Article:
Since 2014, a war with Russia-backed separatists has killed 10,000 people in eastern Ukraine, Russia has annexed Crimea and Ukraine’s relationship with the European Union has suffered due to corruption and failed political reform. Crisis Group supports and reports on implementation of the 2015 Minsk Agreement to turn a ceasefire between the warring parties into a peace deal. Through a network of contacts on both sides of the conflict divide, we assess the dire humanitarian situation and engage local and foreign actors to prevent clashes from escalating, facilitate conflict settlement and strengthen a reintegrated Ukrainian state.
Renewed fighting in eastern Ukraine is quickly turning into a litmus test of Russia’s intentions in backing Ukrainian separatist rebels, and the real willingness of the West, in particular the United States, to support Kyiv. Fears over Washington’s wavering may also cause positions to harden in the protracted conflicts in Europe’s East, most immediately in Georgia.
Several civilians killed and at least two dozen injured by fighting in conflict zone during month. Authorities reported four civilians killed, one seriously injured by shelling in govt-controlled town Avdiyivka 13 May, blamed on Russia-backed separatists; eight civilians injured by artillery fire in town of Krasnohorivka 28 May, also blamed on separatists. Several separatist fighters also reported killed during month. OSCE 25 May reported rate of violence so far in 2017 double that of same period in 2016. Leader of Crimean Tatars Mustafa Dzhemilev 20 May reported Russia had deployed six nuclear warheads on peninsula. Meeting with Russian Foreign Minister Lavrov 10 May, U.S. President Trump reportedly stressed Russia’s responsibility to fully implement Minsk agreements; Trump also met with Ukrainian FM Klimkin. President Poroshenko met with German Chancellor Merkel 20 May, agreed on need to improve implementation of Minsk deal. European Council President Tusk 26 May called on G7 countries to maintain sanctions on Russia. New French President Macron met with Russian President Putin 29 May, agreed on need for new round of peace talks. Meeting of deputy FMs of Germany, France, Ukraine and Russia for talks in Normandy Format to discuss Minsk peace process 30 May. President Poroshenko 16 May issued controversial decree banning several popular Russian social networks and websites; imposed sanctions on several Russian IT companies and TV channels; 29 May raided Russian internet search firm Yandex, accusing it of sharing Ukrainian user data with Moscow; Yandex denied. Parliament 23 May approved bill requiring national TV and radio stations to broadcast at least 75% of programming in Ukrainian language. Police 24 May arrested 23 former high-ranking tax officials in corruption probe involving allegations of fraud under former President Yanukovych. European Parliament and European Council 17 May signed EU visa liberalisation into law, to enter into force 11 June; Poroshenko described deal as marking Ukraine’s “divorce from the Russian Empire”.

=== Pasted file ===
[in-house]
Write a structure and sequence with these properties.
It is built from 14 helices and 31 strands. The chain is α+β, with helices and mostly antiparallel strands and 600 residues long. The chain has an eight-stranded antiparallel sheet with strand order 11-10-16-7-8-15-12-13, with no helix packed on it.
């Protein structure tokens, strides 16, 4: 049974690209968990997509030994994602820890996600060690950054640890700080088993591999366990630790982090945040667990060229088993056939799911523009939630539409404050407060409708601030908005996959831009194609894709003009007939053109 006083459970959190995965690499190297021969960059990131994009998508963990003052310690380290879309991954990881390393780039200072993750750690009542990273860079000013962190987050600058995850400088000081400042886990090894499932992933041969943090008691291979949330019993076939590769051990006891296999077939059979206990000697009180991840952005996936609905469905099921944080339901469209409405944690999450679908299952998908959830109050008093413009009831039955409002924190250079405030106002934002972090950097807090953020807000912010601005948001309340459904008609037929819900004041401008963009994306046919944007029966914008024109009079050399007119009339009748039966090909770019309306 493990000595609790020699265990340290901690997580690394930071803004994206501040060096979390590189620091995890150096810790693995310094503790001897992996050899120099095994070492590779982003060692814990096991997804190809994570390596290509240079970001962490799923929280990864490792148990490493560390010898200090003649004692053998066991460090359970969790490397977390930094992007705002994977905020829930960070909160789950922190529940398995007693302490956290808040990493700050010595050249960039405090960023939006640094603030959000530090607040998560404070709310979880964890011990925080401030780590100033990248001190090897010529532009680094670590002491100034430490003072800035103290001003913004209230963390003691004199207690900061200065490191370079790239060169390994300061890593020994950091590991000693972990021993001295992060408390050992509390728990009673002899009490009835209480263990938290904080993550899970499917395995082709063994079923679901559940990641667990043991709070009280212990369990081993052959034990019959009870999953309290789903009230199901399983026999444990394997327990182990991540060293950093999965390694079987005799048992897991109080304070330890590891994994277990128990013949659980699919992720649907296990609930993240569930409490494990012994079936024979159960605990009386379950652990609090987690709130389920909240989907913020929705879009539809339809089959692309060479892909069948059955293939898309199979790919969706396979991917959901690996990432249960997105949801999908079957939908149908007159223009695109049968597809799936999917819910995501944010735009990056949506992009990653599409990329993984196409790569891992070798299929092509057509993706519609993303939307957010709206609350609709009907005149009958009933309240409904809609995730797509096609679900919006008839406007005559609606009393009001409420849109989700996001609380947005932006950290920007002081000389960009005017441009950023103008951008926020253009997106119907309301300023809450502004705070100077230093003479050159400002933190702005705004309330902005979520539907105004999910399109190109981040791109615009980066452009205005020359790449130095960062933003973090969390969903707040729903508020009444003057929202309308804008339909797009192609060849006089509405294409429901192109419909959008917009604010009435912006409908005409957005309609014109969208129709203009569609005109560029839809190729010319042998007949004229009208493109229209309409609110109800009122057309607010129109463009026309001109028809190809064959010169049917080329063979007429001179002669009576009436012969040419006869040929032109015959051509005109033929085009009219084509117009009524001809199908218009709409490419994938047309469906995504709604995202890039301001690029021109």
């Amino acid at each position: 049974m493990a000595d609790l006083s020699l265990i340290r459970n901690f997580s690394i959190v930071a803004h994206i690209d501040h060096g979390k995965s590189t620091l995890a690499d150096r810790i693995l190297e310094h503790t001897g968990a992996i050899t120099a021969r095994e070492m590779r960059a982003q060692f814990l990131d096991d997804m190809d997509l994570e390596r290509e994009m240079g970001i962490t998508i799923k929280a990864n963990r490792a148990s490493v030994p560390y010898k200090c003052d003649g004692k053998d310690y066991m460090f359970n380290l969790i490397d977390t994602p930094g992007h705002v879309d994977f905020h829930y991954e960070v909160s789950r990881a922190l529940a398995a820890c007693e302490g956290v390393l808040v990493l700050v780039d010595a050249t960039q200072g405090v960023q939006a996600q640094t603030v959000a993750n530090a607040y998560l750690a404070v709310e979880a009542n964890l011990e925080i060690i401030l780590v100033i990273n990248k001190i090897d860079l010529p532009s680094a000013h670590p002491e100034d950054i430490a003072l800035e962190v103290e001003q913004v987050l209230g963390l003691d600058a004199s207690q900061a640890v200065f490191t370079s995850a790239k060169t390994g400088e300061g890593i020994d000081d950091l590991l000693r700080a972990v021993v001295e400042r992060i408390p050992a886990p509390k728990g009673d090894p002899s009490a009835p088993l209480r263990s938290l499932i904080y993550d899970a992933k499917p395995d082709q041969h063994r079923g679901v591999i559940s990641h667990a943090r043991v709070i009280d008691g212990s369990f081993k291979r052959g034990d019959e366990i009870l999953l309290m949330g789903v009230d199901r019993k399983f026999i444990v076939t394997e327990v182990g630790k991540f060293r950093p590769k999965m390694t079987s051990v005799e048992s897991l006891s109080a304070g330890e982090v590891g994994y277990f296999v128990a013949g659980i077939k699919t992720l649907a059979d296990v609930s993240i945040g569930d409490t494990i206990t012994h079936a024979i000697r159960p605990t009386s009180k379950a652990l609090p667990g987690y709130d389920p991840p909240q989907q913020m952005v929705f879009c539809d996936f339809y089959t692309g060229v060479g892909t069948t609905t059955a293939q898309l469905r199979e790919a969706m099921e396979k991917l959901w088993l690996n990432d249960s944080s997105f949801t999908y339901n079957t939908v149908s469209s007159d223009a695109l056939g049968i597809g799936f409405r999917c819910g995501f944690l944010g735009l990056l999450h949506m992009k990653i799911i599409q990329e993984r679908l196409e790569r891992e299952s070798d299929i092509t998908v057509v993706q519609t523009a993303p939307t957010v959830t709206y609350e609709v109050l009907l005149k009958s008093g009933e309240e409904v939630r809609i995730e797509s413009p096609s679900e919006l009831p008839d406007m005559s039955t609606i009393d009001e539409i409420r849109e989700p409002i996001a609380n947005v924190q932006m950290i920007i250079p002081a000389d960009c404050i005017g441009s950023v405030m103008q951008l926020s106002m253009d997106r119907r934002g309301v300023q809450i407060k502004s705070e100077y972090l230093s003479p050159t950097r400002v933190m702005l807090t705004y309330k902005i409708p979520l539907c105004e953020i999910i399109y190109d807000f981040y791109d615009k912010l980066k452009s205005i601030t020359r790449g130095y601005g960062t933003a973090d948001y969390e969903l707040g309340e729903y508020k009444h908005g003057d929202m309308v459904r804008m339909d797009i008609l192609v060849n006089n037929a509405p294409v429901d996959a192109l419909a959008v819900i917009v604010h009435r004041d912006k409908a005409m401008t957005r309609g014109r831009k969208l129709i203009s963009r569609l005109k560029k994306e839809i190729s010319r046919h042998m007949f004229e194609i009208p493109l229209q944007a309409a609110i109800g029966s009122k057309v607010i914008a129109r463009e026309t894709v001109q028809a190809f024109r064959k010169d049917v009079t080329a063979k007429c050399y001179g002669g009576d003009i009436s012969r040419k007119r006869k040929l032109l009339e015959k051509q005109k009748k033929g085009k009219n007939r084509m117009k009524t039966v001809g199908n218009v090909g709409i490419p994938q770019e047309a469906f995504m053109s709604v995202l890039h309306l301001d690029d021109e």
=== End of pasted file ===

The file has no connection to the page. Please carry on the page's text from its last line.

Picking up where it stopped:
After three years of conflict and 10,000 deaths, Russia has shown it can destabilise and dominate Ukraine. The Kyiv government may still prevail, but only if it uproots corruption and if the U.S. and EU maintain sanctions until Russia’s complete withdrawal from the country’s east.
The 500km line of separation between Ukrainian forces and Russian-backed separatist rebels suffers heavy daily violations of the ceasefire agreed in Minsk in 2015. Escalation is possible, and the status quo risks a political backlash against the Kyiv government and no way out of sanctions for Moscow. All sides should pull back heavy weapons from front lines, take responsibility for civilians trapped there, and return to other steps toward peace set out in Minsk.
A 2015 ceasefire signed in Minsk is largely holding in eastern Ukraine, while the most likely outcome is a brittle, long-term frozen conflict. Nevertheless, Russia is juggling many options, and Minsk remains a vital possible path to resolution. The deal deserves steadfast, sanctions-backed support from the U.S. and European Union.
Danger of renewed fighting in Ukraine’s east is mounting. Crisis Group’s new briefing shows that neither side is looking to compromise or able to win outright. Our accompanying statement sets out a new Western strategy with Russia to defuse one of the greatest post-Cold War threats to European stability and global order.
Winter in Ukraine is injecting further uncertainty into an already volatile conflict. After well over 5,000 deaths and eight months of war, eastern Ukraine – particularly the separatist-held parts of Donetsk and Luhansk – now runs the risk of a humanitarian crisis. All parties involved in the conflict should refrain from offensive operations, concentrating instead on helping the population survive the winter, and laying the groundwork for a political settlement.
Ukraine needs a government of national unity that reaches out to its own people and tackles the country’s long overdue reforms; both Russia and Western powers should back a vision for the country as a bridge between East and West, not a geopolitical battleground.
Russia is intensely frustrated by the lack of movement on the February 2015 Minsk agreement, and has sought to put the onus for the lack of progress on Ukraine.
Unresolved conflicts and breakaway territories divide five out of six of the European Union’s Eastern Partnership countries, most of them directly backed by the Russian Federation. But a policy of isolating the people living in these conflict regions narrows the road to peace.
Moscow’s current outburst, a combination of verbal aggression and military caution, may indicate that it is unsure what to do.
Originally published in Foreign Policy
Originally published in Política Exterior